|Publication number||US7579646 B2|
|Application number||US 11/440,667|
|Publication date||Aug 25, 2009|
|Filing date||May 25, 2006|
|Priority date||May 25, 2006|
|Also published as||US20070272916|
|Publication number||11440667, 440667, US 7579646 B2, US 7579646B2, US-B2-7579646, US7579646 B2, US7579646B2|
|Inventors||Ming-Tsong Wang, Tong-Chern Ong, Albert Chin, Chun-Hung Lai|
|Original Assignee||Taiwan Semiconductor Manufacturing Company, Ltd.|
|Export Citation||BiBTeX, EndNote, RefMan|
|Patent Citations (19), Non-Patent Citations (5), Referenced by (15), Classifications (9), Legal Events (3)|
|External Links: USPTO, USPTO Assignment, Espacenet|
This invention relates generally to semiconductor devices, and more particularly to the structure and manufacturing methods of flash memory cells.
Flash memory has become increasingly popular in recent years. A typical flash memory comprises a memory array having a large number of memory cells arranged in blocks. One of the most commonly known flash memories is the one-transistor flash memory, wherein each of the memory cells is fabricated as a field-effect transistor having a control gate and a floating gate. The floating gate is capable of holding charges and is separated from source and drain regions contained in a substrate by a layer of thin oxide (tunneling oxide). Each of the memory cells can be electrically charged by injecting electrons from the drain region through the tunneling oxide layer onto the floating gate. The charges can be removed from the floating gate by tunneling the electrons to the substrate through the tunneling oxide layer during an erase operation. Thus the data in a memory cell is determined by the presence or absence of charges in the floating gate.
It is highly desirable to scale down write/erase voltages of flash memory, which has typically been achieved by decreasing the thickness of the tunneling oxide layer. However, conventional one-transistor flash memory has a conductive storage layer, and thus thin tunneling oxide layers will cause a significant leakage problem. Stored charges are more likely to be leaked to the substrate through a thin tunneling oxide layer than through a thick tunneling oxide layer. Particularly, if there is a defect in the tunneling oxide layer, all stored charges can potentially leak through the defect since charges can flow freely in the floating gate.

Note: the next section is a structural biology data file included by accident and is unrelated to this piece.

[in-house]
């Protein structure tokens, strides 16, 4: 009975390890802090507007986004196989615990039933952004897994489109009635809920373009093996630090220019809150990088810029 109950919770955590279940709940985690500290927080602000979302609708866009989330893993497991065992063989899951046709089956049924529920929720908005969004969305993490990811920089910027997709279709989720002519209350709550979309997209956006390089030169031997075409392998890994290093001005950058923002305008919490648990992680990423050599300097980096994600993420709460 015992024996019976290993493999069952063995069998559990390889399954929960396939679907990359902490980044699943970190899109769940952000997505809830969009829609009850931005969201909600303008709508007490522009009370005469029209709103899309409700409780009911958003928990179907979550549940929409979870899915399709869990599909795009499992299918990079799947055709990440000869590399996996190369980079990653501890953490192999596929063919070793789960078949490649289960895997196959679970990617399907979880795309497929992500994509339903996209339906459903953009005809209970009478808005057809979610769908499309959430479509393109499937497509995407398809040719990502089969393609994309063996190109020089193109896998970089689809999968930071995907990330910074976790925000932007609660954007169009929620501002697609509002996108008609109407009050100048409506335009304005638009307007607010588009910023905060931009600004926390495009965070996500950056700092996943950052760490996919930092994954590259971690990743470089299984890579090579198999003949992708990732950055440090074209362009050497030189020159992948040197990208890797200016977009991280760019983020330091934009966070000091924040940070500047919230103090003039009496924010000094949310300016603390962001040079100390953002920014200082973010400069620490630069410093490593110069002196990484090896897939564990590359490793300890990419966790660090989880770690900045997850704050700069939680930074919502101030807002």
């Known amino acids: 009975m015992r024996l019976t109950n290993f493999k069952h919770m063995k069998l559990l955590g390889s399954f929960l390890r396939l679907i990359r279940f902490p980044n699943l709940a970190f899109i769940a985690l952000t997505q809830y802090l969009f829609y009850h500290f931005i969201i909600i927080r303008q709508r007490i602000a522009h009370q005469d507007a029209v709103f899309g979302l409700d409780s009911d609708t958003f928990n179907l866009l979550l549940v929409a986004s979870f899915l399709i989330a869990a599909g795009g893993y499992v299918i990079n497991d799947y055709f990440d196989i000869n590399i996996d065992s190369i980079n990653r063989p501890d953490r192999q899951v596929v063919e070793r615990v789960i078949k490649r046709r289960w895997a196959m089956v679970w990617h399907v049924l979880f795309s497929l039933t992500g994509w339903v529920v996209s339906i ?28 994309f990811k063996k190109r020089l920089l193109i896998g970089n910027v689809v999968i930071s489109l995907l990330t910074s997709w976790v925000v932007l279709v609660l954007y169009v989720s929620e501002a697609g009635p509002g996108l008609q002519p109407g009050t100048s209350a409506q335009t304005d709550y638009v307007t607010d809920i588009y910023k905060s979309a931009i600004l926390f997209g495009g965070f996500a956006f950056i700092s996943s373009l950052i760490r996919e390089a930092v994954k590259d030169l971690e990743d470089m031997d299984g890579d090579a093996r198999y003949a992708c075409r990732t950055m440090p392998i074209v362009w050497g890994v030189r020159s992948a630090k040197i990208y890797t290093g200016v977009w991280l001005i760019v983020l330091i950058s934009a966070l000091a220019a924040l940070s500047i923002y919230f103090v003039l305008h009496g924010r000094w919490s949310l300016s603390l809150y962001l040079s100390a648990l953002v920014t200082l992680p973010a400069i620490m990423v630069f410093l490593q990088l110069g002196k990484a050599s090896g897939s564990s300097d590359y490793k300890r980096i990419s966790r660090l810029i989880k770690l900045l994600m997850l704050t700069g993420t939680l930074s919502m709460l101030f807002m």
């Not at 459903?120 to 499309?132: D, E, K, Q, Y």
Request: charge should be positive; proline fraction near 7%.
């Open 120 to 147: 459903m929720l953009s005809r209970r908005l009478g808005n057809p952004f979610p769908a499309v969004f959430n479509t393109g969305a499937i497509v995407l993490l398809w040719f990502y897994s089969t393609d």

One method for reducing the thickness of the tunneling oxide layer without causing severe charge loss is using a (poly-)Si—SiO2—SiN—SiO2—Si (SONOS) structure.
In SONOS memory cells, charges are stored inside the discrete and electrically isolated traps of nitride (SiN), while only the trapped charges close to the oxide defects can leak out. The good electrical isolation of stored charges is different from the conventional continuous polysilicon floating gate, which may have all stored charges leak out through a defect in the tunneling oxide layer. Therefore, it is possible to significantly scale down the thickness of the tunneling oxide layer 2, for example, to between about 2 nm and about 2.5 nm, while the charge retention ability is not noticeably compromised. In addition, with the reduction of the thickness of the tunneling oxide layer, write/erase voltages can be lowered.
The above-discussed features of SONOS memory cells make them good candidates for being integrated with CMOS logic and used for embedded system-on-chip (SoC) applications. However, further improvements are needed to simultaneously achieve low operation voltage, long data retention and fast write/erase speed in order to make them fully compatible with existing CMOS logic.
Although the SONOS memory devices provide a potential solution for down-scaling the tunneling oxide layer below conventional memory devices with a poly floating gate, it is still challenging to scale the write/erase voltage below 5 V and maintain the required ten year data retention. Additionally, the conventional SONOS memory devices using silicon nitride as storage have the disadvantage of great conduction band discontinuity (ΔEC) with a silicon channel. As a result, charge leakage is still a problem and data retention time is adversely affected. To overcome these problems, relatively thick oxides are typically needed. However, thick oxides will cause an increase in write/erase voltages.